If the same-sex marriage activists are telling us the truth about their aims, surely we are loving our neighbours by trying to speak up about the good of marriage.
There is one particular criticism over the Diocesan donation that I wish to comment on, and it is coming from a few Christians who are suggesting that this will make evangelism more difficult. I understand the point, but I don’t buy it.
People will always be offended by the Gospel and by Christians expressing God’s righteousness.
Society has its own grid for defining moral rights and wrongs, and this isn’t always in tune with God’s righteousness. Sometimes when the culture says I’m a hypocrite, I am acting like a hypocrite. Other times, society just doesn’t like the fact that I’m not agreeing with them. Believing something different to the culture doesn’t make me hypocritical.
As Christians we want to be wise and not glibly explain away offences people may take at us, for it may well be that we ourselves have been blinded by our own sins and it takes an unbeliever to point it out to us. The reality is, the Sydney Diocese has a positive track record of acknowledging wrongdoing and seeking restitution. Last night’s domestic violence policy is the latest testimony to this. I even suspect that Sydney Anglicans are doing a better job than most in serving society’s vulnerable and needy. This may be partly due to the means available to them, but it’s partly because they’re living out what they preach and believe. It is however foolish to suggest that any current social milieu holds truth captive and is the arbiter of moral axioms, and that’s precisely the problem here – the Diocese isn’t conforming to the controlling pattern of our culture.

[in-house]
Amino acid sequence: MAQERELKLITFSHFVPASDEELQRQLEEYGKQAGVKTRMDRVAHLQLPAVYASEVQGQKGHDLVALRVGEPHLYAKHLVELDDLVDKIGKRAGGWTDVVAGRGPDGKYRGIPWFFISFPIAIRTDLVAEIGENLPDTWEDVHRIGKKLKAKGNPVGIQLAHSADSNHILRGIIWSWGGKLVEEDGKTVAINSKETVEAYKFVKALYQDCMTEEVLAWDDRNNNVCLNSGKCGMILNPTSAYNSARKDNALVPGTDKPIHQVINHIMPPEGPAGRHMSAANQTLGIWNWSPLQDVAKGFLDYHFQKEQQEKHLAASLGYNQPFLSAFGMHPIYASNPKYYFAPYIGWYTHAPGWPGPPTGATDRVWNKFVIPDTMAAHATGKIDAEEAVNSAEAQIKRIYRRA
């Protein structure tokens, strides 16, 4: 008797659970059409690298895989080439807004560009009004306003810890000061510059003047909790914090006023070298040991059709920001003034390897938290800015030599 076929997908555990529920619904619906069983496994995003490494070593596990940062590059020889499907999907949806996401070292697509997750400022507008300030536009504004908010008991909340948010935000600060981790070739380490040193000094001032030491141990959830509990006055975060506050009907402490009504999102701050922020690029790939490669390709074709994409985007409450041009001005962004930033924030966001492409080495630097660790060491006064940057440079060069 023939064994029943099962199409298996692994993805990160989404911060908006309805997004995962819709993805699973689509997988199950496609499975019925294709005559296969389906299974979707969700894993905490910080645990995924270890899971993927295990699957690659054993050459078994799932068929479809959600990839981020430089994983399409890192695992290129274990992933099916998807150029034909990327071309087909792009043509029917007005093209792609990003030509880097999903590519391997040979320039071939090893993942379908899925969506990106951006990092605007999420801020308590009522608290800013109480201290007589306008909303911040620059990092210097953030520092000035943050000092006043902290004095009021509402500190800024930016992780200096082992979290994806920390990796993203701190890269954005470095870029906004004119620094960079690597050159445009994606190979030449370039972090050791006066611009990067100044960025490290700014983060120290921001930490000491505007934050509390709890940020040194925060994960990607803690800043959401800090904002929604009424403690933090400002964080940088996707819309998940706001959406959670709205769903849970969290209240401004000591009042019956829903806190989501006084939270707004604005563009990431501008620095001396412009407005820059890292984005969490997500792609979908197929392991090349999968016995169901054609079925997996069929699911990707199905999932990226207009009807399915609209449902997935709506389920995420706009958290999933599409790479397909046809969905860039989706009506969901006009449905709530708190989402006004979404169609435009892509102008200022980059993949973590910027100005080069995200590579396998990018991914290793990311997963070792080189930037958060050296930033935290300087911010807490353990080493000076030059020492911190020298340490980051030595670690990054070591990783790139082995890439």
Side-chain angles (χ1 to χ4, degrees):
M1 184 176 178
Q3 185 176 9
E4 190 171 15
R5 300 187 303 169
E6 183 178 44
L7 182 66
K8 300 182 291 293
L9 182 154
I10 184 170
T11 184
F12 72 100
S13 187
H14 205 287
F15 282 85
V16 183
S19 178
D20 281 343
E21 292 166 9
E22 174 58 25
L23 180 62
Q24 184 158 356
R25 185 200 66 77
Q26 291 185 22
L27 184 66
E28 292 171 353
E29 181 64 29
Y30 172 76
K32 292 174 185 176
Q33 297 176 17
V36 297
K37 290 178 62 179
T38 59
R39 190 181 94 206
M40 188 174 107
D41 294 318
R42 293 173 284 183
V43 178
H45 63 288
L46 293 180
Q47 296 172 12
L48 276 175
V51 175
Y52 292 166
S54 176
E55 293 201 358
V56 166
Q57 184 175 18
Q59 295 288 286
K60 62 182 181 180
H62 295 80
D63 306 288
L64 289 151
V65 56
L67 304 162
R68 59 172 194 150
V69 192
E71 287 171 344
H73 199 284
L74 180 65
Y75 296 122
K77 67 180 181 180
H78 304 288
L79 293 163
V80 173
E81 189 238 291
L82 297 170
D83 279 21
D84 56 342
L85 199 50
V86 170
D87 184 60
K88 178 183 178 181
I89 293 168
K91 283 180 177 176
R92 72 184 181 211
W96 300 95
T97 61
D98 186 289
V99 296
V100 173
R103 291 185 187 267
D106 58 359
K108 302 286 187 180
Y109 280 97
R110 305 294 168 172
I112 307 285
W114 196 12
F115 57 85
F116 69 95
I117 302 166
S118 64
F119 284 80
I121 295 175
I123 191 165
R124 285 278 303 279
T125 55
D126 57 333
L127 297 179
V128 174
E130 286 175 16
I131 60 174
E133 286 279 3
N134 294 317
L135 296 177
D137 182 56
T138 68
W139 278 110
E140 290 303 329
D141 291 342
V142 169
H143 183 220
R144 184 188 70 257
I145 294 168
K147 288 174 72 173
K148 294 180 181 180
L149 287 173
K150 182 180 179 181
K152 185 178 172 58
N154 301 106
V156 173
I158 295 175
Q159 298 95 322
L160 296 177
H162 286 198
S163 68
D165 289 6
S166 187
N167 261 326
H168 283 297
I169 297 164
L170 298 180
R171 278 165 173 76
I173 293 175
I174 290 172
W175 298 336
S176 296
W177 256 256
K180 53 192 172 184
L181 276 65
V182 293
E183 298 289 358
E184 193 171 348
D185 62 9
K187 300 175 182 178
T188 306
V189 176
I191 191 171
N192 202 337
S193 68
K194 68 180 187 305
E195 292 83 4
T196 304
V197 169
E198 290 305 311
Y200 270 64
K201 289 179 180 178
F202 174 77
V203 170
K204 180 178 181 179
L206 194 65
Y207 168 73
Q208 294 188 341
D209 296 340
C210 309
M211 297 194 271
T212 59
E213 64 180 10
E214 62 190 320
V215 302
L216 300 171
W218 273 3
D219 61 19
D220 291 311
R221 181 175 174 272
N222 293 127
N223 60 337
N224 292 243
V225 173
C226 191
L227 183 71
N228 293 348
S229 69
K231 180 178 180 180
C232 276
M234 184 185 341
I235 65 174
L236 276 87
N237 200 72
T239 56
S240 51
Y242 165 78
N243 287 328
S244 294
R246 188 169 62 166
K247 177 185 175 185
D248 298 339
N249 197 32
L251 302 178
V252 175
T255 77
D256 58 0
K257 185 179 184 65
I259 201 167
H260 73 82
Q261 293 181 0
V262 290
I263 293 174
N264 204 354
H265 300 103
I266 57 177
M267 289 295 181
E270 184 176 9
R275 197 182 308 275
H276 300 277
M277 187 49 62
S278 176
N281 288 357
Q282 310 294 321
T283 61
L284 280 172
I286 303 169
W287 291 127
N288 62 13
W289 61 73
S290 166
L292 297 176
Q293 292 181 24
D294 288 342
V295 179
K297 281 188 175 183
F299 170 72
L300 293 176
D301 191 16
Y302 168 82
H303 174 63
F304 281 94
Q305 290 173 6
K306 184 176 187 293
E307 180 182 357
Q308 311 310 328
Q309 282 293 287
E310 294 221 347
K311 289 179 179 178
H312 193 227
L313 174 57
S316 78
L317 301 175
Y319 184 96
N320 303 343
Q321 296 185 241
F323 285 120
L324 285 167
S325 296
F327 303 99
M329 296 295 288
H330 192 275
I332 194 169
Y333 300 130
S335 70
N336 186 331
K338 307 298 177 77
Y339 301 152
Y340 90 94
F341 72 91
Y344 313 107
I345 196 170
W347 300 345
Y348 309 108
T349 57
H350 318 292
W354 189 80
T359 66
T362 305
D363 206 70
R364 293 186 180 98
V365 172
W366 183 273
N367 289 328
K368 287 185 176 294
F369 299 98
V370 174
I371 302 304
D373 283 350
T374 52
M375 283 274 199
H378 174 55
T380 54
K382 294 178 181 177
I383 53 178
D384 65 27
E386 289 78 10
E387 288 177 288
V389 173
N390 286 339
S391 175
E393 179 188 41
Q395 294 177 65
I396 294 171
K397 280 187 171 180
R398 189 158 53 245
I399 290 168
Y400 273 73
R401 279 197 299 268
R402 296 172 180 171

Same sex marriage was only one of several important social issues being addressed at Synod, including their important policy dealing with domestic abuse. This news story has received some media attention, but pales in comparison to the $1 million donation. Why? Because Sydney Anglicans gave the money to the “wrong” side. Alan Joyce’s $1 million donation and the free advertising given by the NRL are lauded because they conform to the set narrative. I guarantee that if a Christian denomination had donated money to the ‘yes’ campaign, the media would be praising them for their love and boldness.
I don’t believe Sydney’s donation will make evangelism harder, it simply affirms how hard it already is. Who knows, instead of fearing that critics and heretics will take another swing at the Church, perhaps in God’s kindness, this may create new Gospel opportunities as people in our community see that someone has the guts to stand and be counted.
My caution to Christians is this, be very careful about defining our decisions by public opinion. I’m not saying that the beliefs and ideas of people around us don’t matter to us, but it’s the wrong starting question. We ought to first ask, how we can faithfully and wisely apply what we believe to be true and good in God’s word. We won’t always get this right, but I am thankful for those Churches and denominations who are trying.
In accordance with s 6(5) of the Marriage Law Survey (Additional Safeguards) Act 2017, this communication was authorised by Murray Campbell , of Melbourne, Victoria.